Still Aussie shows did have advantages. Angie Dickinson never did it for me like Paula Duncan and Lynda Stoner or anyone really from Cop Shop, with the exception of the guy who played JJ, John Orcsik, Gil Tucker, or any of the males. The Aussie shows were, amazingly, steeped in a sense of reality. In the American shows the cops always had proper food, drank coffee and always had time to stop to eat, and only went to fancy nightclubs and picked up good looking models. Aussie coppers ate pies and chips and necked Chiko Rolls and Dim Sims like gannets.  They also drank copious amounts of fizzy drink and black coffee. Before shift would be finished they’d all be down at the front bar of a pub, knocking back pints like prohibition was about to be brought back in and eating more peanuts than a pack of hungry elephants. The girls would drink midis of shandies – still, you have to wonder what their cars would have smelt like after a week of pies, Dim Sims, black coffee and beer. They could have just as easily gassed the crims as locked them up. Americans were slim, athletic and muscular, Aussies had beer guts that’d put Donger to shame, which did make them look real. No super cars here, just a pack of idiots tooling around in shitbox HQ Holden’s and the occasional clapped out XP Falcon. In short the Aussie cops on screen acted much like Aussie cops off-screen. They’d say things like, “Mate, if you root my bird one more time, I’ll bloody do ya!” They got drunk on shift and verballed people. They bashed crims. They fought each other. They drove like maniacs. Americans never got that sense of realism until Hill Street Blues, when they began to use people who looked like, well, normal people, and not Robert Redford.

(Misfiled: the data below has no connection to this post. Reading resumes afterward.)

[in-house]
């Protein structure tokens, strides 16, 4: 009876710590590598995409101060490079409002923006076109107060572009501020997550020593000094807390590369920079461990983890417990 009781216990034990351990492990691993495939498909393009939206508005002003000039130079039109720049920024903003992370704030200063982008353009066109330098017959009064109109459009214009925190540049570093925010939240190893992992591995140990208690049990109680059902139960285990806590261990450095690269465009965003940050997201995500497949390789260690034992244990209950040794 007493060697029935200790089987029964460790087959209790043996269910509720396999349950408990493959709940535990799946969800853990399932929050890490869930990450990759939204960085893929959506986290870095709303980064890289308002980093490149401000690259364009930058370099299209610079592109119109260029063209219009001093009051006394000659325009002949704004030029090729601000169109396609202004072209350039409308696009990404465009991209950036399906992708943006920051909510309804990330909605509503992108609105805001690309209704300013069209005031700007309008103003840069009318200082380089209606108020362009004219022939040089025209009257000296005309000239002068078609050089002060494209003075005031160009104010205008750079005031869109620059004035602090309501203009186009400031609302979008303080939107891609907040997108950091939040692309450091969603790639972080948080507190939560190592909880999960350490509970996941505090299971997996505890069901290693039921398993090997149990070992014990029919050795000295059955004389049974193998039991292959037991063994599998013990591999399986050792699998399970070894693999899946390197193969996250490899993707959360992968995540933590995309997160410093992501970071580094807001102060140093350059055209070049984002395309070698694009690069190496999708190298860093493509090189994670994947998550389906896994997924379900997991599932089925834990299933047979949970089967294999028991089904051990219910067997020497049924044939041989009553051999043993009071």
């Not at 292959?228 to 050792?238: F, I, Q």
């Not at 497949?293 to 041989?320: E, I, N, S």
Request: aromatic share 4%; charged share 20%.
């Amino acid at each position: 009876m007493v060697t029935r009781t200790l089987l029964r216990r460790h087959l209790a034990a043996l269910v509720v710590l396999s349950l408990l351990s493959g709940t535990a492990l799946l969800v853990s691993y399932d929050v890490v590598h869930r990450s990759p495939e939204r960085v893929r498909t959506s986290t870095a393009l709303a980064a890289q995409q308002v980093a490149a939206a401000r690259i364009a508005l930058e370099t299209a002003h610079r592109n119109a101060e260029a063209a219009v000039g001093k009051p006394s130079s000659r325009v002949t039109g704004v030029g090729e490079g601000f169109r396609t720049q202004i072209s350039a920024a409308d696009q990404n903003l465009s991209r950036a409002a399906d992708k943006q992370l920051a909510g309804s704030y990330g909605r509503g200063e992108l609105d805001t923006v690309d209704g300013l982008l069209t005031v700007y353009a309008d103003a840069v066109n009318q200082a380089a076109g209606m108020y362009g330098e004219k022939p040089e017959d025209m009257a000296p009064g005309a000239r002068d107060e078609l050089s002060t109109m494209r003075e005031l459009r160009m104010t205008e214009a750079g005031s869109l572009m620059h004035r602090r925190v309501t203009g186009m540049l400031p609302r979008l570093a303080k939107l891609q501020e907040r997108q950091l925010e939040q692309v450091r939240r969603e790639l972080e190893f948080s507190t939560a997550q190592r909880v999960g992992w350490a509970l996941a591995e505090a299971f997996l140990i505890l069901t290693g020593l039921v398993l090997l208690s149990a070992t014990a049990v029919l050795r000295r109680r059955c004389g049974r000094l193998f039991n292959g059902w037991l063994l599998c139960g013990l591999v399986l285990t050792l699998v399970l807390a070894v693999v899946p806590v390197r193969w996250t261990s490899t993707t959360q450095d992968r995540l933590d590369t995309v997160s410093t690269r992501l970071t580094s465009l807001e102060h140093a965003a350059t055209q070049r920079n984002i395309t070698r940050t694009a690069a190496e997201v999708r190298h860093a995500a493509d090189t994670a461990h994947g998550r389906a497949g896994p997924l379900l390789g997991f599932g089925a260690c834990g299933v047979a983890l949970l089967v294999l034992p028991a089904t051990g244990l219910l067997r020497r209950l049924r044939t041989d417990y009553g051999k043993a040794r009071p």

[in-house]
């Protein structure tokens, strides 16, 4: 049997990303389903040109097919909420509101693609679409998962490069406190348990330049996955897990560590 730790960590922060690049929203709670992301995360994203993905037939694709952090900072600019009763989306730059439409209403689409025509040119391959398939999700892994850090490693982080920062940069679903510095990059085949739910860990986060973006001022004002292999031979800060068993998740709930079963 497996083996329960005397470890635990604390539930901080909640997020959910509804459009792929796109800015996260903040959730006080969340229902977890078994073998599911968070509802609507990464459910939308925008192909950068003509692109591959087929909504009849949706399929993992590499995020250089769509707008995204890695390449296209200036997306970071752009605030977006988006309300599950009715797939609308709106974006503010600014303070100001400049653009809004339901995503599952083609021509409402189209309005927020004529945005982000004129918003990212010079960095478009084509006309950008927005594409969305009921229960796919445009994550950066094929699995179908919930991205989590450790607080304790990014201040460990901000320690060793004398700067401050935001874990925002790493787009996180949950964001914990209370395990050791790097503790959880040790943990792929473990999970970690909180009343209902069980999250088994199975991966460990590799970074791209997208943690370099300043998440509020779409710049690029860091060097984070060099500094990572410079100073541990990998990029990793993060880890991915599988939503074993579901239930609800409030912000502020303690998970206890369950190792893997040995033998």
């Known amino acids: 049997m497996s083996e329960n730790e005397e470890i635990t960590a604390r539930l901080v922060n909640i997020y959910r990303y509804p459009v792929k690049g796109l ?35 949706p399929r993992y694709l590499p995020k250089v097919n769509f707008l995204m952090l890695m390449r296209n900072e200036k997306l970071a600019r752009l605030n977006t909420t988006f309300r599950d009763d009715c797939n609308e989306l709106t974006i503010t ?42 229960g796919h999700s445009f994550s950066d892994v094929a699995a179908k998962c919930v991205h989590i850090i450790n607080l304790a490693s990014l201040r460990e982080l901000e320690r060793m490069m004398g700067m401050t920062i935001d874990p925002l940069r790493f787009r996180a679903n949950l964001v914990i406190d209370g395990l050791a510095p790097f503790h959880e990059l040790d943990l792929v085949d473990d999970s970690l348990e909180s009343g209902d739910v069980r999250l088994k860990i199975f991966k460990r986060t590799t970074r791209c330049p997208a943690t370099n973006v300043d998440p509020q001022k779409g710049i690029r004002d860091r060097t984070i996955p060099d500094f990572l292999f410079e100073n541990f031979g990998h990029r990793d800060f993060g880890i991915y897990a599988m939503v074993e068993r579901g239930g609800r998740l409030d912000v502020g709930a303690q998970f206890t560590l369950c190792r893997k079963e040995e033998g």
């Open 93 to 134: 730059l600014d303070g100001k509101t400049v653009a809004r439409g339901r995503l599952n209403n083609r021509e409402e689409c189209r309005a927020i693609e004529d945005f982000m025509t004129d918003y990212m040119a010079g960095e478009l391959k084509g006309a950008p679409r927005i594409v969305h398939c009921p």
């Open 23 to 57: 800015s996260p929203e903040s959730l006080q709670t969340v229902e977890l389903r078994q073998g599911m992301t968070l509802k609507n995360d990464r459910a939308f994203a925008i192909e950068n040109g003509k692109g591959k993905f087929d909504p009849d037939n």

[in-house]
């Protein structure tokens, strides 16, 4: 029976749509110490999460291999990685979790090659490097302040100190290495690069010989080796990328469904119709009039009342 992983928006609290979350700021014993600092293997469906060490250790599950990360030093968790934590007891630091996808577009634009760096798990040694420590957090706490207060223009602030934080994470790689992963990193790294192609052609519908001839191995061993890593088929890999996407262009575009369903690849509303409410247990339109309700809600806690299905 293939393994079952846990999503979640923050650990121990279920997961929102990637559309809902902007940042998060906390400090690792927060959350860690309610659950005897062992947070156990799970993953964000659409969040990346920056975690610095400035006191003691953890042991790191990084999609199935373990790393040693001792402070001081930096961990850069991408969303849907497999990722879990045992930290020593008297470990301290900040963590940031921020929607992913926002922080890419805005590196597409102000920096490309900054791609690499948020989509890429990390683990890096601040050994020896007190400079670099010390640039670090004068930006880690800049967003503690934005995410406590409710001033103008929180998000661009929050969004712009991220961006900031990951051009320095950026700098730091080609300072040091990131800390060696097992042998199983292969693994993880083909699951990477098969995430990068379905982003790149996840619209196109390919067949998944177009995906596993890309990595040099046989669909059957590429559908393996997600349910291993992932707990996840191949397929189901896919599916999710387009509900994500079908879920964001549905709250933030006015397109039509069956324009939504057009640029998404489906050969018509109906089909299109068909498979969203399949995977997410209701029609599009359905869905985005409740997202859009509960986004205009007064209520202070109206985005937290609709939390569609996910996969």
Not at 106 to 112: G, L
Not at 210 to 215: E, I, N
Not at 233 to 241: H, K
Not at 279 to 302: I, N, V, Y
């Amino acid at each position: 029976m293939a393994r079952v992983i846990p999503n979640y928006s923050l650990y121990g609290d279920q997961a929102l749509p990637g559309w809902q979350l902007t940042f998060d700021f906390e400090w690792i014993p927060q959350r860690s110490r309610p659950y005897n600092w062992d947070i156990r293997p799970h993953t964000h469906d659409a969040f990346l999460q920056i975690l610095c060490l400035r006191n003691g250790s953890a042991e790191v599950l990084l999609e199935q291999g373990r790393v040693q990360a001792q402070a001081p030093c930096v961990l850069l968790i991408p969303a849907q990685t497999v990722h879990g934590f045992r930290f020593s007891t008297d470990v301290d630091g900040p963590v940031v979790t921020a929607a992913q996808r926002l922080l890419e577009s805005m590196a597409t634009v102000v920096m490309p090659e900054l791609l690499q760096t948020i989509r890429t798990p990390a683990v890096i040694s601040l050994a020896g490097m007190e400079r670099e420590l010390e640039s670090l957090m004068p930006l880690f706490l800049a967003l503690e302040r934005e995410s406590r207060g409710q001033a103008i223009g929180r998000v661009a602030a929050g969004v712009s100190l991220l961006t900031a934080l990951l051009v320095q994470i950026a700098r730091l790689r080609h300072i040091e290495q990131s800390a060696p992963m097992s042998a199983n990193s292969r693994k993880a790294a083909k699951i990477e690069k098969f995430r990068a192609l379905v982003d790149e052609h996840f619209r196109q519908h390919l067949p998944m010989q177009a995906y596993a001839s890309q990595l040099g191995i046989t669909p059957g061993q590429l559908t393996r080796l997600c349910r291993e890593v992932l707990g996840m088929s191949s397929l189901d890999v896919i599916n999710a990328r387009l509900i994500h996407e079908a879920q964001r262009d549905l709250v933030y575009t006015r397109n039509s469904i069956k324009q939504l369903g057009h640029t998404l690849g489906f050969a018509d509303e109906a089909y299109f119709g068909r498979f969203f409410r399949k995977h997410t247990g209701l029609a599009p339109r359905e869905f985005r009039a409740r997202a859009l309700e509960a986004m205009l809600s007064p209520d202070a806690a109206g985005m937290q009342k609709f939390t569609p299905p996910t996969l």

"That's for being shit in Skippy mate!"
 Ahhhh, someone bring back those classic Hector Crawford shows and let’s see some action. Before it’s too late…


*Resulting in one of the funniest scenes in Australian cop show history. This actually happened on screen. Grills, as Bluey, began to chase a villain down a crowded street in Sydney only to fall over. The villain looks back, stops and runs back to Bluey, lying on the ground groaning and writhing. “Jesus Bluey, are you alright mate?” he asks. Bluey turns, well, blue and gargles, upon which the crook says, “Bloody hell! Quick, someone call an ambulance, I think Bluey’s having a heart attack!” Going on the reactions of the people on the street – remember, in their quest for ‘realism’ Aussie cop shows never used extras, they shot on the streets using real people (it was also a lot cheaper) - I’ve often wondered if this was scripted, or if Grills – a known devourer of beer, Dim Sims, Chiko Rolls and chips both off and off screen - was really having his own heart attack. Either way it made for some amusing television and showed that Bluey was a comedy before it was morphed into Bargearse.  Still until we watched Bargearse we never realised just how many times Bluey actually dropped his guts on the actual show, or how many Chiko Rolls he ate.

"Run Bluey, his cap gun is loaded and the Valiant isn't quite there!"
Sex symbols, '70s style!

Woggo gives evidence.

I'm off to get a shit load of dim sims and a bucket of soy sauce!